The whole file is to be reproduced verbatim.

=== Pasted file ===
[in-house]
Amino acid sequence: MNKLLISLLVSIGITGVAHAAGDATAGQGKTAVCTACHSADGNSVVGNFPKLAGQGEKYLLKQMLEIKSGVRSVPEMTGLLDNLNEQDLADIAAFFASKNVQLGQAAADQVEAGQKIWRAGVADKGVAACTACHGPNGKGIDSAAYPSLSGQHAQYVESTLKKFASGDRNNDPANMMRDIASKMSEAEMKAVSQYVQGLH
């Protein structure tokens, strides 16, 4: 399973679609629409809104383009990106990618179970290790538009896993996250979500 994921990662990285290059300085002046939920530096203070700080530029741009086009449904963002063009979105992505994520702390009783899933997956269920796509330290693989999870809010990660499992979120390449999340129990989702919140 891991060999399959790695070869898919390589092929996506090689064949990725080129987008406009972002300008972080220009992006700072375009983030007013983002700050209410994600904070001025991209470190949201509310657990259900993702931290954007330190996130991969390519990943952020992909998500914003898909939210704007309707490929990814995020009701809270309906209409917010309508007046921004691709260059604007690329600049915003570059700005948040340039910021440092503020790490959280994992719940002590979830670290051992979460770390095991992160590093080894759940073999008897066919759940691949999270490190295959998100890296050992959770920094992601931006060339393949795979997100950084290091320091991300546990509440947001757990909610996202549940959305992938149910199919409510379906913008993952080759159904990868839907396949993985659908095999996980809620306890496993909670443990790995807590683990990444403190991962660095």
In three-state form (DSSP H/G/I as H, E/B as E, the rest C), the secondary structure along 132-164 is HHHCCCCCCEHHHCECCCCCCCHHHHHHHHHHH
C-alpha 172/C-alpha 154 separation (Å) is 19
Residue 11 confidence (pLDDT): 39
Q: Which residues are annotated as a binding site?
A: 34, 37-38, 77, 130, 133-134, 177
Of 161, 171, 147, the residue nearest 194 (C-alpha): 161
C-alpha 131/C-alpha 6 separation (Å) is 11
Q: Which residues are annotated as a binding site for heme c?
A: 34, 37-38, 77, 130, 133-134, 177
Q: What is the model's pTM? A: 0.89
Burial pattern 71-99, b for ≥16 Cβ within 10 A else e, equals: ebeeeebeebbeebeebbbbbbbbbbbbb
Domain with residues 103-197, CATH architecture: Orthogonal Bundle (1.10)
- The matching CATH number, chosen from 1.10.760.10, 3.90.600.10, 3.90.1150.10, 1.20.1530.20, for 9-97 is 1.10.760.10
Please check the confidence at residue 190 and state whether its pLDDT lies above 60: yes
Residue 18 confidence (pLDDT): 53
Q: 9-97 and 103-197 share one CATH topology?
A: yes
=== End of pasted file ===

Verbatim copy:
[in-house]
Amino acid sequence: MNKLLISLLVSIGITGVAHAAGDATAGQGKTAVCTACHSADGNSVVGNFPKLAGQGEKYLLKQMLEIKSGVRSVPEMTGLLDNLNEQDLADIAAFFASKNVQLGQAAADQVEAGQKIWRAGVADKGVAACTACHGPNGKGIDSAAYPSLSGQHAQYVESTLKKFASGDRNNDPANMMRDIASKMSEAEMKAVSQYVQGLH
């Protein structure tokens, strides 16, 4: 399973679609629409809104383009990106990618179970290790538009896993996250979500 994921990662990285290059300085002046939920530096203070700080530029741009086009449904963002063009979105992505994520702390009783899933997956269920796509330290693989999870809010990660499992979120390449999340129990989702919140 891991060999399959790695070869898919390589092929996506090689064949990725080129987008406009972002300008972080220009992006700072375009983030007013983002700050209410994600904070001025991209470190949201509310657990259900993702931290954007330190996130991969390519990943952020992909998500914003898909939210704007309707490929990814995020009701809270309906209409917010309508007046921004691709260059604007690329600049915003570059700005948040340039910021440092503020790490959280994992719940002590979830670290051992979460770390095991992160590093080894759940073999008897066919759940691949999270490190295959998100890296050992959770920094992601931006060339393949795979997100950084290091320091991300546990509440947001757990909610996202549940959305992938149910199919409510379906913008993952080759159904990868839907396949993985659908095999996980809620306890496993909670443990790995807590683990990444403190991962660095």
In three-state form (DSSP H/G/I as H, E/B as E, the rest C), the secondary structure along 132-164 is HHHCCCCCCEHHHCECCCCCCCHHHHHHHHHHH
C-alpha 172/C-alpha 154 separation (Å) is 19
Residue 11 confidence (pLDDT): 39
Q: Which residues are annotated as a binding site?
A: 34, 37-38, 77, 130, 133-134, 177
Of 161, 171, 147, the residue nearest 194 (C-alpha): 161
C-alpha 131/C-alpha 6 separation (Å) is 11
Q: Which residues are annotated as a binding site for heme c?
A: 34, 37-38, 77, 130, 133-134, 177
Q: What is the model's pTM? A: 0.89
Burial pattern 71-99, b for ≥16 Cβ within 10 A else e, equals: ebeeeebeebbeebeebbbbbbbbbbbbb
Domain with residues 103-197, CATH architecture: Orthogonal Bundle (1.10)
- The matching CATH number, chosen from 1.10.760.10, 3.90.600.10, 3.90.1150.10, 1.20.1530.20, for 9-97 is 1.10.760.10
Please check the confidence at residue 190 and state whether its pLDDT lies above 60: yes
Residue 18 confidence (pLDDT): 53
Q: 9-97 and 103-197 share one CATH topology?
A: yes